"China's standard of living and life expectancy have improved for many, but aging, dietary changes and reduced physical activity are leading to more heart disease and stroke," said lead author Andrew Moran. "Our study used a computer model to forecast future cardiovascular disease (CVD) in Chinese adults."
Moran and colleagues reviewed risk-factor surveys of Chinese adults, ages 35 to 84, since economic reforms in the 1980s, and used them to project future trends in blood pressure, cholesterol, smoking, diabetes and body weight. Although smoking prevalence has declined in men by more than ten percent since the mid-1980s, 62 percent of Chinese men still smoke, and 49 percent of nonsmokers, mostly women, are exposed to passive smoke, researchers said.
The researchers projected that annual rates of cardiovascular disease in China will increase by more than 50 percent due to aging and growth of the population alone between 2010 and 2030. And projected trends of increased blood pressure, cholesterol and diabetes may result in an additional 23 percent increase in cardiac events. The risk factor trends alone may translate into 21.3 million more CVD events and 7.7 million related deaths between 2010 and 2030, researchers said.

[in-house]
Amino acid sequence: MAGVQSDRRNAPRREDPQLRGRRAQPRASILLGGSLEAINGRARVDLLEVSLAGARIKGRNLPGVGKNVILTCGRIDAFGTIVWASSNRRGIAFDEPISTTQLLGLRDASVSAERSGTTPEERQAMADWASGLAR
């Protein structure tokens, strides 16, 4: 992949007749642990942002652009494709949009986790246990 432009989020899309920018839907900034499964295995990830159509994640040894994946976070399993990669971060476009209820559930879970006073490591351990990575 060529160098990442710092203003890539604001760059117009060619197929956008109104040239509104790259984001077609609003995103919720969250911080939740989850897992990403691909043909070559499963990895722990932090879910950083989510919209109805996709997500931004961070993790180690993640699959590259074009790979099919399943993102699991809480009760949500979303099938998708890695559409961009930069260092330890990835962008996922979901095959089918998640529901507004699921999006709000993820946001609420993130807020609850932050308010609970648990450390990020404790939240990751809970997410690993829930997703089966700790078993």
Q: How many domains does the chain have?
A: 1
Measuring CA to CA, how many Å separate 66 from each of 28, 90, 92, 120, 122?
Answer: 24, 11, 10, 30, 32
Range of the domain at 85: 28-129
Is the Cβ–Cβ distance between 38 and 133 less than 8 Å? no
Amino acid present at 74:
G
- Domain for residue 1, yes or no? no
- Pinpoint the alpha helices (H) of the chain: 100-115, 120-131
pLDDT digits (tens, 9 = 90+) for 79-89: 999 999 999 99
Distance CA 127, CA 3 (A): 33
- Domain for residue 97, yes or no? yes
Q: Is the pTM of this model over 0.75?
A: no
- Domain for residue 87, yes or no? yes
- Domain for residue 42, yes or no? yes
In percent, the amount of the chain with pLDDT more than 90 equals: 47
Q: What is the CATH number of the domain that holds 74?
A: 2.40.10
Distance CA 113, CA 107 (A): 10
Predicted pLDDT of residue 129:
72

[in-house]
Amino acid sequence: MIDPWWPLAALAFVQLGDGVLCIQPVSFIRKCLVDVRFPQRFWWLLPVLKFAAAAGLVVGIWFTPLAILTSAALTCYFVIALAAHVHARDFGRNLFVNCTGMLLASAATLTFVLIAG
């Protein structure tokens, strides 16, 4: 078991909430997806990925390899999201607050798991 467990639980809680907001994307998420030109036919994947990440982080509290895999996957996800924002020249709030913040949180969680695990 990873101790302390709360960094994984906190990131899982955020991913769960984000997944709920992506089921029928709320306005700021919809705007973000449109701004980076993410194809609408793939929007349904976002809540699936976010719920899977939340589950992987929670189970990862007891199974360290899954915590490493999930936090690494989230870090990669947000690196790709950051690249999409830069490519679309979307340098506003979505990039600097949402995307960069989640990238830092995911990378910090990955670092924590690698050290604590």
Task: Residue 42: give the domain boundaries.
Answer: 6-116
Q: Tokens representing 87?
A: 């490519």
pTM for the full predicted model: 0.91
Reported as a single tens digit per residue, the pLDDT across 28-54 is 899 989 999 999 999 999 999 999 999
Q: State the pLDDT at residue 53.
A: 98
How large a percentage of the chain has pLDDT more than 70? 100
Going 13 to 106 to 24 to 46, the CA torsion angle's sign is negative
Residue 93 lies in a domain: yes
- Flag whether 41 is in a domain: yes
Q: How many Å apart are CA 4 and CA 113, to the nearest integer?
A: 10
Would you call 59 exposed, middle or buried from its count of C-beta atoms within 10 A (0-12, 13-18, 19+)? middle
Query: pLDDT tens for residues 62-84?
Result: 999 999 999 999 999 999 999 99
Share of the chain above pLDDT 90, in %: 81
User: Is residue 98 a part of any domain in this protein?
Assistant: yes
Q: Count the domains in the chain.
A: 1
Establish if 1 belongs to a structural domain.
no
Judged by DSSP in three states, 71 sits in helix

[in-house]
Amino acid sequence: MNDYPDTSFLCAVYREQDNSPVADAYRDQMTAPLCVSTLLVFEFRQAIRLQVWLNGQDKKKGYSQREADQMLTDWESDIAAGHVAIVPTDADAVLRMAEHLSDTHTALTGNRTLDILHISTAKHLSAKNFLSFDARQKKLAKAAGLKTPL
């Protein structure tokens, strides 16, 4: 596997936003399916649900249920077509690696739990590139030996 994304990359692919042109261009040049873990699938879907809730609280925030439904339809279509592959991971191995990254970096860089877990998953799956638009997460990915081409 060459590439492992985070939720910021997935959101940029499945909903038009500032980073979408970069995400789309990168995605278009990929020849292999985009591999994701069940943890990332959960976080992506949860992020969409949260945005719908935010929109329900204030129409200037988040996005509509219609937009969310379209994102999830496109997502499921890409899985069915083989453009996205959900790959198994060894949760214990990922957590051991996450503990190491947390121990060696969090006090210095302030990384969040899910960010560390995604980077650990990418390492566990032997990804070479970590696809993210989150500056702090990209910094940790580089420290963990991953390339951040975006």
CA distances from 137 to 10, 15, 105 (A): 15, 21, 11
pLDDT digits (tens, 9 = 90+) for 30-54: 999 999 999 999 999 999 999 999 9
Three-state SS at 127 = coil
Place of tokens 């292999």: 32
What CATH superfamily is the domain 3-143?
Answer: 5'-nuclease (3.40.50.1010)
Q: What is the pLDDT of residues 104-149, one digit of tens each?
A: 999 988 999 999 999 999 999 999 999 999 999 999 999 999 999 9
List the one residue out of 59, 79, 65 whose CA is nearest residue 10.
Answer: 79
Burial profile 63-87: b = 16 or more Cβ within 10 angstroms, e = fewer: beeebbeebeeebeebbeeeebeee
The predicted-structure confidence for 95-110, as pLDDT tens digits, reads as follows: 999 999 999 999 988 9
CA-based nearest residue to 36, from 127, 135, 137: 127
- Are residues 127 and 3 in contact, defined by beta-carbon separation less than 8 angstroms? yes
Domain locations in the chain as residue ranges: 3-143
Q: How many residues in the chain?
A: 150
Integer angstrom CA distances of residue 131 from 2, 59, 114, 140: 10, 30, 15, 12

Demographic changes, such as an aging population and fewer young people, will be the main driver of the CVD increase in China, a nation with approximately 1.3 billion. "We are seeing this as the start of a public health crisis that will only worsen in the next two decades," Moran said. Certain dietary factors, which this paper did not address, such as the high salt diet in Northern China, also have a bearing on cardiovascular disease rates, Moran added.
Reducing smoking to 20 percent of the male population by 2020 and ten percent by 2030, or lowering average systolic blood pressure by four points in men and women, would significantly counteract adverse trends in other risk factors and prevent between 2.9 and 5.7 million deaths by 2030, according to the study. Aggressive anti-tobacco policies and preventive efforts aimed at controlling elevated blood pressure are two promising areas that need to be studied in more detail, Moran said.
MEDICA.de; Source: Columbia University Medical Center